The Tennessee Department of Health east regional office has launched an informational line for residents and health care providers to call with questions or concerns about COVID-19.
The line, which is answered by state department of health employees and Medical Reserve Corps volunteers, began taking calls March 19.
“The wonderful thing about that line, those folks will be able to answer your questions and answer them accurately — I mean factual information,” Teresa Harrill, Loudon County Health Department director, said.
As of Monday, the Tennessee Health Department reported 615 confirmed cases of the virus in the state. Only one has been confirmed in Loudon County.
Harrill found getting facts critical to dispel false information.
“It’s very important because we are seeing a lot of people panic because of rumors, a lot of myths that have been going around,” she said. “The main thing is local folks can look at the (Centers for Disease Control) website or the tennessee.gov website. Now they can call this line at the regional health office, answer questions about how it’s transmitted, contact and all that. It’s just a unique opportunity to get the correct information.”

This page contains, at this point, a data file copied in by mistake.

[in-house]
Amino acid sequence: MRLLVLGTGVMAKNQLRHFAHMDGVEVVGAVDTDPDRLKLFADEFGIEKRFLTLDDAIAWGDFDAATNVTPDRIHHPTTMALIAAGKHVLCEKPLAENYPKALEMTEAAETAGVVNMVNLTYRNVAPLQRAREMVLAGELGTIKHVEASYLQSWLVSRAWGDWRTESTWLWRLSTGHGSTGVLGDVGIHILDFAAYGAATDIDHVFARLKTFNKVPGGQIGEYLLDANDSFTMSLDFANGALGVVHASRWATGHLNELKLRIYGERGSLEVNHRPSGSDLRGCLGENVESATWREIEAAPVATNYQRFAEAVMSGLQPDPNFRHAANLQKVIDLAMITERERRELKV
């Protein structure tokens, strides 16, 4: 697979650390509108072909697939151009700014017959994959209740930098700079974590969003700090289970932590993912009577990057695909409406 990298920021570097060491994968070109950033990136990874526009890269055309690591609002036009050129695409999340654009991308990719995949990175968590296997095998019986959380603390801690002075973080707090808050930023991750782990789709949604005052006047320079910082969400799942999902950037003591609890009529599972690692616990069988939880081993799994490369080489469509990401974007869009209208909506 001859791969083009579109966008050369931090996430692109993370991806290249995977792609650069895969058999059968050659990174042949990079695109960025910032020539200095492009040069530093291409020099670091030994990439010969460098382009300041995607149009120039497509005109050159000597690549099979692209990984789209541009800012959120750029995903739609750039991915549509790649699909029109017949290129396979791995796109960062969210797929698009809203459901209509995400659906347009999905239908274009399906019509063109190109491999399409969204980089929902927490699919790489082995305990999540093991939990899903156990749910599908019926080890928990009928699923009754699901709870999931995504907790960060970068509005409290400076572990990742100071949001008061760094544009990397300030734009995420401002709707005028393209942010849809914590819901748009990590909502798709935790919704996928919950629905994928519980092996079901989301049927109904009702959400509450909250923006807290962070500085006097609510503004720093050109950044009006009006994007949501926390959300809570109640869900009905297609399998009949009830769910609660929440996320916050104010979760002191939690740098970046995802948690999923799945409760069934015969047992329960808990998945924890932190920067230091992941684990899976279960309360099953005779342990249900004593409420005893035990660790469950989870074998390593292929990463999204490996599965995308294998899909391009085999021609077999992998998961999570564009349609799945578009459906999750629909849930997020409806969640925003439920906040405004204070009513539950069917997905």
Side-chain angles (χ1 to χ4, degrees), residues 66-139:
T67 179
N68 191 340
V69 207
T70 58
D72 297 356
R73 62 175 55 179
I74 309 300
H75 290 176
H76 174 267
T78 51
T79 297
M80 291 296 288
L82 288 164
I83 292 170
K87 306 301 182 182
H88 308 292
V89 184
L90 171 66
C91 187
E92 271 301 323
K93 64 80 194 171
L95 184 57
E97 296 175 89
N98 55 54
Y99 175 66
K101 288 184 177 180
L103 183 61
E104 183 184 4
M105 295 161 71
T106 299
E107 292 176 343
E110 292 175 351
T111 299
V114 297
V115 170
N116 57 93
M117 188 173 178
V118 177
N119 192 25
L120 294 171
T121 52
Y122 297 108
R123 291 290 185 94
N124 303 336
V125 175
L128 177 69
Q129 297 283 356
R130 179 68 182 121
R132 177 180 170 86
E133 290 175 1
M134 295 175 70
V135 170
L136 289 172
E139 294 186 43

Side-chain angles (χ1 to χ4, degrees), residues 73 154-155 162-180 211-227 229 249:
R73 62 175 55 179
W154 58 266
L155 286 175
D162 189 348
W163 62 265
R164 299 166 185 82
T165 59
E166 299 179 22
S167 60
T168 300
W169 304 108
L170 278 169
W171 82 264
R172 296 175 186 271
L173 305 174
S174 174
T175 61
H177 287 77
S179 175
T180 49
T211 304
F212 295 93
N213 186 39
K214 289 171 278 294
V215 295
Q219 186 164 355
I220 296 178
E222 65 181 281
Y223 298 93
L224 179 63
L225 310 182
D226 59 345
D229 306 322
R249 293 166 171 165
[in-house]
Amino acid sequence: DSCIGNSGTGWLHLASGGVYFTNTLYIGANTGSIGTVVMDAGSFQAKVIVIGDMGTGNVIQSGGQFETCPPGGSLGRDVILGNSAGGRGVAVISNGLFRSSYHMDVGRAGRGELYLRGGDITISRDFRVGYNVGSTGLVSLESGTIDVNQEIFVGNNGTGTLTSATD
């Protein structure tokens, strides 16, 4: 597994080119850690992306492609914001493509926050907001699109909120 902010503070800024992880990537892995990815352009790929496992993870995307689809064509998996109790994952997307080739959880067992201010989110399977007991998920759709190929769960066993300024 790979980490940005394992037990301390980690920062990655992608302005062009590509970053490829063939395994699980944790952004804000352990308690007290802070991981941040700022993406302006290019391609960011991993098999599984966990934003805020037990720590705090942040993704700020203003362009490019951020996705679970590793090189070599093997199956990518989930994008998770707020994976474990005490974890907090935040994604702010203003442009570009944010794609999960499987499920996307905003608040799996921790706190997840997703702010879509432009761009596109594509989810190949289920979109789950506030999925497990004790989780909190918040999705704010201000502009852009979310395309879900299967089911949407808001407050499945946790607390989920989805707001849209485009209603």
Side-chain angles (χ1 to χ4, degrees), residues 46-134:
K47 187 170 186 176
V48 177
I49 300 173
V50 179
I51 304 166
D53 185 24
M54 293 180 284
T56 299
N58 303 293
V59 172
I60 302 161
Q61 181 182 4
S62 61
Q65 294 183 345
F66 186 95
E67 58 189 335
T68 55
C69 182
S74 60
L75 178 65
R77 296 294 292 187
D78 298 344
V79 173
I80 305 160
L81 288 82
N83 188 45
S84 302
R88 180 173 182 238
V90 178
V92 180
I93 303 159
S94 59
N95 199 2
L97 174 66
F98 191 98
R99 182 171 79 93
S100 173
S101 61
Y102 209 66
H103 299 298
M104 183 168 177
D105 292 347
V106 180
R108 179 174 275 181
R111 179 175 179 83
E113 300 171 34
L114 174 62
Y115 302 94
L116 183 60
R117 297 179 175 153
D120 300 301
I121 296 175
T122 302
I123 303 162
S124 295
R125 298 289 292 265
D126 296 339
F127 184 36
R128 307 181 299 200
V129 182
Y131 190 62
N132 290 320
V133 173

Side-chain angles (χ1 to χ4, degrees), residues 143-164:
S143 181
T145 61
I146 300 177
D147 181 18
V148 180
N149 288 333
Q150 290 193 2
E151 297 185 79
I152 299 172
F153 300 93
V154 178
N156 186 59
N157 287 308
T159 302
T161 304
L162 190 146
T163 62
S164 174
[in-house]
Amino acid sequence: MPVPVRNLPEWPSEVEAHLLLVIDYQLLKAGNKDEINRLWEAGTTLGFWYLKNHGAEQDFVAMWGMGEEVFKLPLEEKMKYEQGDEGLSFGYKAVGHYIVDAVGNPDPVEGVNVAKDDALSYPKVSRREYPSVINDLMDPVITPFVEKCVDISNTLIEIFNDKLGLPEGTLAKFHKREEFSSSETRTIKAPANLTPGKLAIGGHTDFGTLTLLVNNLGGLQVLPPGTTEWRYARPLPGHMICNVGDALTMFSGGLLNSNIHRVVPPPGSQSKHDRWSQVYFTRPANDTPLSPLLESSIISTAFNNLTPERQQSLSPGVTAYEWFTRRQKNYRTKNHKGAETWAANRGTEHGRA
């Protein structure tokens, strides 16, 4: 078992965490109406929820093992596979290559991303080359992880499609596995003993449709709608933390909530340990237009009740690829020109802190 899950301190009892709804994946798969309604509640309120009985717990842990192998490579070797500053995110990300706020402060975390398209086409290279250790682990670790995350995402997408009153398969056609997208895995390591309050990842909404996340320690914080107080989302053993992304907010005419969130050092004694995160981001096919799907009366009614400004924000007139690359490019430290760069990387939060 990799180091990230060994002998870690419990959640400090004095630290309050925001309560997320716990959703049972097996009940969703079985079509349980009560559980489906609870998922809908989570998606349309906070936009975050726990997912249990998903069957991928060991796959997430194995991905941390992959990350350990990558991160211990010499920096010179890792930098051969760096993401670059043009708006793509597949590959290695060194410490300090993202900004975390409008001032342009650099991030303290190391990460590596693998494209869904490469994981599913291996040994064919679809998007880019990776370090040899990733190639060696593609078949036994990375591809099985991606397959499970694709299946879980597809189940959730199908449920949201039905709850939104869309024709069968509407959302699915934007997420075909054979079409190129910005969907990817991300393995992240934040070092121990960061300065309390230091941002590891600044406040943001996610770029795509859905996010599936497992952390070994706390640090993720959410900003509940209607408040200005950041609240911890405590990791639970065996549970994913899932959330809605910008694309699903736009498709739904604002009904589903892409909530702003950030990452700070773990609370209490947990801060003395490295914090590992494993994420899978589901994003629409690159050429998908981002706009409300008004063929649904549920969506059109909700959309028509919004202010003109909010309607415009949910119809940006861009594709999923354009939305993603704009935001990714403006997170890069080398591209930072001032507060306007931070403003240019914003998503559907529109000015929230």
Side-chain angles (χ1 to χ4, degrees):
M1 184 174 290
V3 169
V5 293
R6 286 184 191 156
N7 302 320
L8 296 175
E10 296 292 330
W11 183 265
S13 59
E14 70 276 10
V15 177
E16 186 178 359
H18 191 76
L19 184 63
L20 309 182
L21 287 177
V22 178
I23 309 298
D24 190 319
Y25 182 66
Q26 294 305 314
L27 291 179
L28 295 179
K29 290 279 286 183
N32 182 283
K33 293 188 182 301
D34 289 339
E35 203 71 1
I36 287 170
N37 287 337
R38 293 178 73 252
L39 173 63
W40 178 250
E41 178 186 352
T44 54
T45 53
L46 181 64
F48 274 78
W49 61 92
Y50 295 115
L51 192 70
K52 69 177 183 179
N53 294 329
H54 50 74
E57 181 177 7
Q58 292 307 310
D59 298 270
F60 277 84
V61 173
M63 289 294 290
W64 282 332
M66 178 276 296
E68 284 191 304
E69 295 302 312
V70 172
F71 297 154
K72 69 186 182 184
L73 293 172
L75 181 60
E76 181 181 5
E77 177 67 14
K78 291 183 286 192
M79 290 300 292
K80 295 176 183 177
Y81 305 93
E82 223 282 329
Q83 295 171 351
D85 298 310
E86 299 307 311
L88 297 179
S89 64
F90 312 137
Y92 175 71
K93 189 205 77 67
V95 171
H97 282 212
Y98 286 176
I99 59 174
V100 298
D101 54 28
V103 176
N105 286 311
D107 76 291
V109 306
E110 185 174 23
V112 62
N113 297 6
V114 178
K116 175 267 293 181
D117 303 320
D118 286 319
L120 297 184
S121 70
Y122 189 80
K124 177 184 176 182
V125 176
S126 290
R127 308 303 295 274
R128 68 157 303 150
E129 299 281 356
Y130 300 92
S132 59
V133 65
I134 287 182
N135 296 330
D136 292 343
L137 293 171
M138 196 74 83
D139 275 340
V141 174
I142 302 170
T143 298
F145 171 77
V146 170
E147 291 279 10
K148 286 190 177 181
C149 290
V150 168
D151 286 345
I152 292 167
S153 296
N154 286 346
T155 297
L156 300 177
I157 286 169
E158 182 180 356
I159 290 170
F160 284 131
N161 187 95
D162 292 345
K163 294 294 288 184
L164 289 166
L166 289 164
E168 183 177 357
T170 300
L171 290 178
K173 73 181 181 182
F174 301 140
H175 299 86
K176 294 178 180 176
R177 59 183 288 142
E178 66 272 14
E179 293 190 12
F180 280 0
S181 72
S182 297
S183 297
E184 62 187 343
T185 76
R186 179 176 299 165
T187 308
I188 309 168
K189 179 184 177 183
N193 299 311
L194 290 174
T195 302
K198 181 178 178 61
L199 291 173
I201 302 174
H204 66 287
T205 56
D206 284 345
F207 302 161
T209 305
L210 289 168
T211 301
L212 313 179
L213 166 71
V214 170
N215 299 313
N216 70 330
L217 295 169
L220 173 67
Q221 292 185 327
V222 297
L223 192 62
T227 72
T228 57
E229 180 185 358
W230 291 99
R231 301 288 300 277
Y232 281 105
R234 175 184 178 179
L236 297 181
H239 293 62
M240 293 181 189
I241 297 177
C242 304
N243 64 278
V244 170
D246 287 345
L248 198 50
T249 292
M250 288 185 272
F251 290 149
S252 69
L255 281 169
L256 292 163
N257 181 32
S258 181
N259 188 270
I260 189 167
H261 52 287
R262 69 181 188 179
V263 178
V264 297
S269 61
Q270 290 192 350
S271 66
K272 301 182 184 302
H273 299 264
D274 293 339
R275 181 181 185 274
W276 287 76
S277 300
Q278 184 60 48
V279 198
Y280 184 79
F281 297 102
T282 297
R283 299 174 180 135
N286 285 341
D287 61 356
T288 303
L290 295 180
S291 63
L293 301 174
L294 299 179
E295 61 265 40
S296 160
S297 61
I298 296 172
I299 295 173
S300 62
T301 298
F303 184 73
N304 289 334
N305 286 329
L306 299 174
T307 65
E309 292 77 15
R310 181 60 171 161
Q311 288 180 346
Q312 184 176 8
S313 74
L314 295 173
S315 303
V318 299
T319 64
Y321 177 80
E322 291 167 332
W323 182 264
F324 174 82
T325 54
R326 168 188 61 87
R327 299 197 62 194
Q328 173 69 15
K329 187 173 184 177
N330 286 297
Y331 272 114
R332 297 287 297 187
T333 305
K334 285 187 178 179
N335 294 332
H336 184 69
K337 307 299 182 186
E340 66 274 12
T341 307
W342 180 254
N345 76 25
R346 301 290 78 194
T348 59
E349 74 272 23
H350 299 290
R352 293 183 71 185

The information line is 865-549-5343 and was created after the state’s TDH public information line in Nashville was hit hard with call volume.
“We go through the triage with them and answer their questions and then if they need testing or something like that we’re able to refer them for testing,” Corie Gouge, state health department assistant planning coordinator, said. “... People are calling in with symptoms and then just general questions about coronavirus. ... We try and answer and help anyway we can. We encourage everybody to give us a call and we’ll be happy to help any way we can.”
Calls will be answered 8 a.m.-4:30 p.m. Monday-Friday. Gouge said calls at different times will be rolled to the Nashville line.
Recommended precautions include washing your hands with soap and water or using an alcohol-based hand sanitizer. Cover your mouth and nose with a tissue when coughing or sneezing. Avoid touching your face with unwashed hands. Stay at home if sick. Stay away from sick people. Flu shots are also available for free at the health department.
Avoid crowds as much as possible and non-essential travel. If possible, stay home.
“Clean and disinfect your cellphone, your computer or anything you touch often,” Gouge said. “... Obviously, continue to do social distancing as well.”